The latest flagship phones from Samsung are meant to erase the memory of the flammable Galaxy Note7 -- and they are in a fair way to do so. According to Dan Rosenbaum, the two phones -- the 5.8-in. Galaxy S8 and the 6.2-in. Galaxy S8+ -- are, by any measure, excellent.
Samsung's new DeX dock is really nifty, especially if you're a bleeding edge enthusiast. The small, puck-shaped docking station enables you to pop in a Samsung Galaxy S8 or S8+ and turn your sleek, mobile phone into a desktop system. These are indeed very snazzy devices -- and the phones they work with are as well.
Headphones, once a product mainly for music fans or audio engineers, are now a daily sight in the office and on the street. Not just for listening anymore, they not only let you take phone calls but help you keep your concentration in the noisy open offices so beloved by many companies.
As the owner, for over a year, of a Nexus 6P, I have to say that while I enjoy having a nice big screen, it does present a problem when I'm trying to shove the smartphone in a pocket or tap out a quick text message with one hand.
For the most part, Chromebooks -- laptops that use Google's Chrome OS -- have been marketed as either lightweight and inexpensive student systems or low-end secondary machines for travel or family use. With one or two exceptions (such as Google's Pixel), the emphasis was on cheapness of both price and materials.
First, let me admit that I don't have a lot of experience with presentation pointers. The few presentations that I've done over the course of my career did not involve PowerPoint slides -- or any other type of slideshow, for that matter. I've been lucky enough (so far) to be able to avoid them.
Opinion & Analysis
My first computer was a Compaq Portable, popularly known as the Compaq Luggable - for good reasons. It weighed about 28 pounds, had a 9-inch green screen display, and was beloved by salespeople and other travelers, who for the first time had a computer that ran a version of MS-DOS and that they could bring to a client with the software already installed.
Back in 2012, I wrote a blog for Computerworld titled A Posterous user wonders: Time to move? A platform that I had been using for several years for my blog had just been bought up by Twitter, and the writing was on the wall. It was time to find alternatives.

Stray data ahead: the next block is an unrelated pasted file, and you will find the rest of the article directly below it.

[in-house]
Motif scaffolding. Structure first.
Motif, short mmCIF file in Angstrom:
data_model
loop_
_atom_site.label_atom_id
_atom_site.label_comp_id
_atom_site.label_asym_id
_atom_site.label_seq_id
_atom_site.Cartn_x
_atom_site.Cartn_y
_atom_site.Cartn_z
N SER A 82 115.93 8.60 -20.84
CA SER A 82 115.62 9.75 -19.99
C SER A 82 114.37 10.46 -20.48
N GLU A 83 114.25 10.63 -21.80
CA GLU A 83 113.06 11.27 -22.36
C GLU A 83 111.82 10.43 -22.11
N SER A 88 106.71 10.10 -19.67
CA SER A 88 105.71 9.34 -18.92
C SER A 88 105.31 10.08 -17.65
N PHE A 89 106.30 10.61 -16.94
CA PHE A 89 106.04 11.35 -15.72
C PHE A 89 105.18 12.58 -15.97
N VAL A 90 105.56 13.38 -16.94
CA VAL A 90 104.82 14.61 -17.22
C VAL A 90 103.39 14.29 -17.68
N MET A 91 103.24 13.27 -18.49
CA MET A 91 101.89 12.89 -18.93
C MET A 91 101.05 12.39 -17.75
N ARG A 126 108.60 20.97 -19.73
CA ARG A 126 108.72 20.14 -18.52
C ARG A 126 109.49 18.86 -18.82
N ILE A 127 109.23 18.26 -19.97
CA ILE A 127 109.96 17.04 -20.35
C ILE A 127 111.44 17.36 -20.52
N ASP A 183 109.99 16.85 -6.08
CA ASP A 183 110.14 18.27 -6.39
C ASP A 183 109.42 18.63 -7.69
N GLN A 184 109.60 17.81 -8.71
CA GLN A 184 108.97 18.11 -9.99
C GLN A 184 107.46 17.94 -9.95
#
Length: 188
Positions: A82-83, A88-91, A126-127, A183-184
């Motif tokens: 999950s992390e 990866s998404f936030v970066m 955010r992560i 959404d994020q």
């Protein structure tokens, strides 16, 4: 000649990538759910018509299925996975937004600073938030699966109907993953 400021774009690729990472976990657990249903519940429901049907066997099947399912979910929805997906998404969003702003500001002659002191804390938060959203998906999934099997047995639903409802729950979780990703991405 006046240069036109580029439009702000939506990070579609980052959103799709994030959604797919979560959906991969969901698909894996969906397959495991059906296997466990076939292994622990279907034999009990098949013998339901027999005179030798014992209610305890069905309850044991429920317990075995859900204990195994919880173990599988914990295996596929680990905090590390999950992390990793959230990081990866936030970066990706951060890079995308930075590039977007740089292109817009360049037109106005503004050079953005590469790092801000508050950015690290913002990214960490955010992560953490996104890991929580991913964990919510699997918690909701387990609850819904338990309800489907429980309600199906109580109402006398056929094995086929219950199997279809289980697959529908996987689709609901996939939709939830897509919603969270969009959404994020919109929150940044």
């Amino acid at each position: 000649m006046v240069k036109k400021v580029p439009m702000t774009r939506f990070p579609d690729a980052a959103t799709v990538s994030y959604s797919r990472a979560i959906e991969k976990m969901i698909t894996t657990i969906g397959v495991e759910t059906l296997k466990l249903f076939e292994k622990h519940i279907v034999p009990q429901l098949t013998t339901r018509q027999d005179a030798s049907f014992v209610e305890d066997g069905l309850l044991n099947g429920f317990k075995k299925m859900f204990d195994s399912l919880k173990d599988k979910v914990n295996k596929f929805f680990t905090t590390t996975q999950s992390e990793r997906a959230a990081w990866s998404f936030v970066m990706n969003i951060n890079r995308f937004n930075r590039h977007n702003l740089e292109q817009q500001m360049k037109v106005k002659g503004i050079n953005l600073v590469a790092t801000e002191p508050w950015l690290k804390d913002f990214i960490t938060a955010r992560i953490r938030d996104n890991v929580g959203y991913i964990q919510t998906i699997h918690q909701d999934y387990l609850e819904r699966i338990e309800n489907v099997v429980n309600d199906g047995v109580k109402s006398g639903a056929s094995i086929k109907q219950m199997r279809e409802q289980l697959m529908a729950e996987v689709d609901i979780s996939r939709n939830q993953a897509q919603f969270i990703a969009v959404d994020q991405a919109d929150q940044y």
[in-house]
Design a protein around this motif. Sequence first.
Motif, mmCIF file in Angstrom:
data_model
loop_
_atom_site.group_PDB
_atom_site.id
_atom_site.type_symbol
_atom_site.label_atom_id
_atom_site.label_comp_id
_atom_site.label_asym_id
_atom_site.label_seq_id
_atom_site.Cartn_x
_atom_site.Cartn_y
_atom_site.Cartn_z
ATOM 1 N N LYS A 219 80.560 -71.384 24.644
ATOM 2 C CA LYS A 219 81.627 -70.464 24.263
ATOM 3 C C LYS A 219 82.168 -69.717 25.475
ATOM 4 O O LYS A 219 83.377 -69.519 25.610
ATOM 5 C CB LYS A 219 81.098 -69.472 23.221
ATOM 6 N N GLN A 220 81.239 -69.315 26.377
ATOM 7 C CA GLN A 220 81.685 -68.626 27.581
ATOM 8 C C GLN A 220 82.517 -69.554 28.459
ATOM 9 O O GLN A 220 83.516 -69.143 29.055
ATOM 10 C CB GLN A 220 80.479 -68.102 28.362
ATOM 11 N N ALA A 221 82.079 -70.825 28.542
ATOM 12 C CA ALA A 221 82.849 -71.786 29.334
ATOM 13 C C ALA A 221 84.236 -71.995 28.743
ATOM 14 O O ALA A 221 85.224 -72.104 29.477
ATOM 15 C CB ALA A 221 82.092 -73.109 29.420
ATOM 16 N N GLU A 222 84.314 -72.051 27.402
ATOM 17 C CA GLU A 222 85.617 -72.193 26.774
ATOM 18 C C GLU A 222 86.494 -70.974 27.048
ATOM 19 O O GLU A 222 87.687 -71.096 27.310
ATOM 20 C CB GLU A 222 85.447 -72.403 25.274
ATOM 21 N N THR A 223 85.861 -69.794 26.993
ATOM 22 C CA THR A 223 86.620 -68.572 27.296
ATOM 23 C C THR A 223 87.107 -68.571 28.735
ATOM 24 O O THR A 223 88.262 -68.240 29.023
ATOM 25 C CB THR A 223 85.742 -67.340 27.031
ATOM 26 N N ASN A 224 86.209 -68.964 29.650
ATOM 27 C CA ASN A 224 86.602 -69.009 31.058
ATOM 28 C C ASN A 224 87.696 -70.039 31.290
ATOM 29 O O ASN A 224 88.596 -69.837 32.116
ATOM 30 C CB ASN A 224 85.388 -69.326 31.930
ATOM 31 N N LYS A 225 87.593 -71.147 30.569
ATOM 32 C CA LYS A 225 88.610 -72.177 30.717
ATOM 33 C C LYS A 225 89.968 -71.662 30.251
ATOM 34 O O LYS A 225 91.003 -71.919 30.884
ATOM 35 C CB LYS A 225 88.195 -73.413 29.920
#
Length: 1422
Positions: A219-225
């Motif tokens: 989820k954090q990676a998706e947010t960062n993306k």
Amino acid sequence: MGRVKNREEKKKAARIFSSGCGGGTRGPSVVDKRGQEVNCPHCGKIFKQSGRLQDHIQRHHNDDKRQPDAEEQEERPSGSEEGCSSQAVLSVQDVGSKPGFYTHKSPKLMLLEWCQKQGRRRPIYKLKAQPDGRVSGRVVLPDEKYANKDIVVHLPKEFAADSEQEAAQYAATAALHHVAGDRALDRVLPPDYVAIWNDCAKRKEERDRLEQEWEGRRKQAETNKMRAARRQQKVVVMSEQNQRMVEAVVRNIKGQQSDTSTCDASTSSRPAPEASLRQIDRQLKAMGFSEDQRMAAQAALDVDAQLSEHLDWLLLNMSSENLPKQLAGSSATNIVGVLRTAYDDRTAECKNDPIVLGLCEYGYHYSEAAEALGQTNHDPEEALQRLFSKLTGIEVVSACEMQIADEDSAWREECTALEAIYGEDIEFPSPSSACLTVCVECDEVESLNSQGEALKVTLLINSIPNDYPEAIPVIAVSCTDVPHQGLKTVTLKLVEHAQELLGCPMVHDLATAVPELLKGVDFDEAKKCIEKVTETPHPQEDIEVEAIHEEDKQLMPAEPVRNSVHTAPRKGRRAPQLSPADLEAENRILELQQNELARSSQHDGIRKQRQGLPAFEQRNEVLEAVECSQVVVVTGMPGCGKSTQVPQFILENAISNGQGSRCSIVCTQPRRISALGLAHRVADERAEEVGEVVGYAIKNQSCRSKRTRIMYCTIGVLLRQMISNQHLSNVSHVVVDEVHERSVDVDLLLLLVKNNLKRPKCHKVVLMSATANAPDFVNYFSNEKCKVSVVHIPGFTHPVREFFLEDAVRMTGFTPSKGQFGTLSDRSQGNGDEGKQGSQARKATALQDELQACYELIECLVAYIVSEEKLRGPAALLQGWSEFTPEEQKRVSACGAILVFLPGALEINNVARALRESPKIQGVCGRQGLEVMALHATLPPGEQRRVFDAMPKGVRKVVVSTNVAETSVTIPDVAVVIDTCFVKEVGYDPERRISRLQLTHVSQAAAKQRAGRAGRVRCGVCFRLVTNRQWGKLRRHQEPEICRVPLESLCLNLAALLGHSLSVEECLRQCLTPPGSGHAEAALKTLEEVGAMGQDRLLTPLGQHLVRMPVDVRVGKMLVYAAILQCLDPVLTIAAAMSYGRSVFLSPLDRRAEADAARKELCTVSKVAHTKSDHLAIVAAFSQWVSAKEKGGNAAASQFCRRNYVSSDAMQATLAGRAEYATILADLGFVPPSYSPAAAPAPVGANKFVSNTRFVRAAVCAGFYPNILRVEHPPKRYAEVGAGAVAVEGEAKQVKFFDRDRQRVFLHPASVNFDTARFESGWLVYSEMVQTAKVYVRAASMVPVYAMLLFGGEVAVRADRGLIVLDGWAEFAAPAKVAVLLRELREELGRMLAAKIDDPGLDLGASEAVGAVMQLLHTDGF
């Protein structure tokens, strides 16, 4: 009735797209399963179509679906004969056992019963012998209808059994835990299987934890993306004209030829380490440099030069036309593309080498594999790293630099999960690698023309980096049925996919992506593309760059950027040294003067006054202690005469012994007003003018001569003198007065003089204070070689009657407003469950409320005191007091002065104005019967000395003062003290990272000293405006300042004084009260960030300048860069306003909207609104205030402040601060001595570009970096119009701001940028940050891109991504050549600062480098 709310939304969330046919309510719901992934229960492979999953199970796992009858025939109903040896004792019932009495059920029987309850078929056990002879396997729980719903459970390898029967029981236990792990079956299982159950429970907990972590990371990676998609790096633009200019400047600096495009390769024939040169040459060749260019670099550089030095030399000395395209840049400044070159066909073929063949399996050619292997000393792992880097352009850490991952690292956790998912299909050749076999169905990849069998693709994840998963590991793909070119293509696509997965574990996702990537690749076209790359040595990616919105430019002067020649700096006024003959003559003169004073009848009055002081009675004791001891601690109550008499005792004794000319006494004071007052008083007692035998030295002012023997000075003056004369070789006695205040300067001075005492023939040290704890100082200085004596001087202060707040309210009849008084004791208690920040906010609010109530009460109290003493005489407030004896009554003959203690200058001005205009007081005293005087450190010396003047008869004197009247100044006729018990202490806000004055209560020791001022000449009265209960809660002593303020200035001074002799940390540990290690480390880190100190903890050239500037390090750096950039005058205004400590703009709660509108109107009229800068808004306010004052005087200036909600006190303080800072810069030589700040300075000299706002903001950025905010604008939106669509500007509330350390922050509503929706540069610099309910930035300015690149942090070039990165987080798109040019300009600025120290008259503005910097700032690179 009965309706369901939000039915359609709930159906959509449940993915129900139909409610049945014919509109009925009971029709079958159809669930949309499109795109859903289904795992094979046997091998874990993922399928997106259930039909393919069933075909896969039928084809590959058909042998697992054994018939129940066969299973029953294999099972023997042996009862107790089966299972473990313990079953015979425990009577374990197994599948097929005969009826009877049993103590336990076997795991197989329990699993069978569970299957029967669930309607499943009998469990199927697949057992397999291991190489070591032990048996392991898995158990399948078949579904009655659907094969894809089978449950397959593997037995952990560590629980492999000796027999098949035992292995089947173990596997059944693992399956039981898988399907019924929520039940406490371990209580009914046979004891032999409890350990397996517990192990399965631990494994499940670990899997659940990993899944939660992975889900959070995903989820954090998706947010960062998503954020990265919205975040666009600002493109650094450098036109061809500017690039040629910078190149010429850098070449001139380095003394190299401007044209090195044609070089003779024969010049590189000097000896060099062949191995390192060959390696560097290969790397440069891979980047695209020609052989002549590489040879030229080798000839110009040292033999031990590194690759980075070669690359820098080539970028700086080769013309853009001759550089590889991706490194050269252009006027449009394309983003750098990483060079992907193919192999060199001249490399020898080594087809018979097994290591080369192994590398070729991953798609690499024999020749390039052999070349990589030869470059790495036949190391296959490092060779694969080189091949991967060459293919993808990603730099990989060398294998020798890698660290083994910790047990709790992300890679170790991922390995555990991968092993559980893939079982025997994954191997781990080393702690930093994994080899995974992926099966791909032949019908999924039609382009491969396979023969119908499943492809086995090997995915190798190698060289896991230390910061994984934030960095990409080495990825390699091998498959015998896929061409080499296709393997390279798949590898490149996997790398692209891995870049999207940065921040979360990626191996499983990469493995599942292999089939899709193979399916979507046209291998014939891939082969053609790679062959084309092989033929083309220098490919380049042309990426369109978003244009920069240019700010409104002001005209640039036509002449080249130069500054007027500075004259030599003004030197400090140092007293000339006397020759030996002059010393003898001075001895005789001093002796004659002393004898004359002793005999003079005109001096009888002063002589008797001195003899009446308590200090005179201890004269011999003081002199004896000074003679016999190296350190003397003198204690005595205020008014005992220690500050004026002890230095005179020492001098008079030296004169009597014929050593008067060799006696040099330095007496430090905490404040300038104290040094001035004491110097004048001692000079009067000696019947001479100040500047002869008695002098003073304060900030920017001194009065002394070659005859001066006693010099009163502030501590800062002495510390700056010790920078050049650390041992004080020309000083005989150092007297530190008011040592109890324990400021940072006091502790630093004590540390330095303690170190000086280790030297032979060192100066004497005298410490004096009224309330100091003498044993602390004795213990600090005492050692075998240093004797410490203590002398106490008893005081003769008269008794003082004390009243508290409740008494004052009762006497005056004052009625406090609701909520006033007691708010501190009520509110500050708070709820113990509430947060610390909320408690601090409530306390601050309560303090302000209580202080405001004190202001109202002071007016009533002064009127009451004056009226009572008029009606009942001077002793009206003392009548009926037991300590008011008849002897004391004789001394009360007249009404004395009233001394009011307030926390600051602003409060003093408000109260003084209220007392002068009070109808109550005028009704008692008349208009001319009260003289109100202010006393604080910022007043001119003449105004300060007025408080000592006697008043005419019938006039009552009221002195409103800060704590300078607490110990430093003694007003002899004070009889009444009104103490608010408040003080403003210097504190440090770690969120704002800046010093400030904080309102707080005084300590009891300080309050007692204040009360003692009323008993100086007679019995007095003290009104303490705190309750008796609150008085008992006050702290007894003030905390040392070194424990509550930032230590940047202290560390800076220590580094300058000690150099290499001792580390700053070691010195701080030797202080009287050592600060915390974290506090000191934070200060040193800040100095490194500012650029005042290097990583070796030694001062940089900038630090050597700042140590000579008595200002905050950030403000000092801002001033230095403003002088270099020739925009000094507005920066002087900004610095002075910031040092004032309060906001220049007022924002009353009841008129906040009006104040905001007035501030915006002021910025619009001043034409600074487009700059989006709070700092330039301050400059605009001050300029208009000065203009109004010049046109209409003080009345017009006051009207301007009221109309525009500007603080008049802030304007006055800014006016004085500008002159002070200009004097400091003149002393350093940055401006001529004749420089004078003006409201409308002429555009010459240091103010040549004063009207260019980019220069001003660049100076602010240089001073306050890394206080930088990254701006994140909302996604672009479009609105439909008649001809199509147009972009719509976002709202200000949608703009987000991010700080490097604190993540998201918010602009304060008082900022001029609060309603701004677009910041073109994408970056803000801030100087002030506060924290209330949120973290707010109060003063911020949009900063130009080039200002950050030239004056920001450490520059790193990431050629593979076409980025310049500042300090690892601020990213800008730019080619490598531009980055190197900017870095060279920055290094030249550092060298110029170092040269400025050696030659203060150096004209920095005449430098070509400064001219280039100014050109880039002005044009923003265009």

You might think that video conferencing would be an increasingly popular form of contact for companies - after all, it's a lot more informative to see the person(s) that you're speaking with than to deal with a disembodied voice.
Yesterday, I wrote a blog talking about how companies can sometimes get in the way of their own success - for example, Patreon's decision to change to its funding plan, a decision that resulted in such a strong push-back by its users that the company eventually apologized and said it would revamp its strategy.
I wonder if it's the holiday season that makes companies a little crazy about this time of year. Or perhaps they think that announcing unpopular decisions might go unnoticed in the annual shopping frenzy. Whatever the reason, I'm starting to see a pattern.
An article under discussion by a good number of my colleagues appeared in TheOutline recently. Titled "Bribes for Blogs: How Brands Secretly Buy Their Way Into Forbes, Fast Company, and HuffPost Store" and written by Jon Christian, it tells how various PR and content-supply companies bribe - or try to bribe - bloggers and journalists to incorporate favorable mentions of their clients into articles they write for these publications.
While I'm actively working as a freelance tech writer, I have to admit that, given the chance, I'd pick up a full-time, salaried, go-into-the-office-and-schmooze-with-your-colleagues job in a shot. (Well, a full-time, salaried job anyway; I'm perfectly happy to work at home and schmooze using Slack if I need to.)
It isn't unusual for software and cloud applications to be sunsetted - much to the dismay of their fans and users. Years ago, I used a database/note-taking software package called Ecco Pro to keep track of the 30 or so articles that I was responsible for as the executive editor in a popular tech publication.
For years now, there has been a popular storyline whose main thread was that consumer technology is invading the corporate office.
Readercon 26 July 9-12, 2015 Burlington Marriott, Burlington, Massachusetts. http://readercon.org/ 51. 3:00 PM G Women of Technology. Karen Burnham, Barbara Krasnoff (leader), Shariann Lewitt, B. Diane Martin, Fran Wilde. Current technology is the handmaiden of hard science fiction. What can SF literature learn from the women who have made a difference in tech today?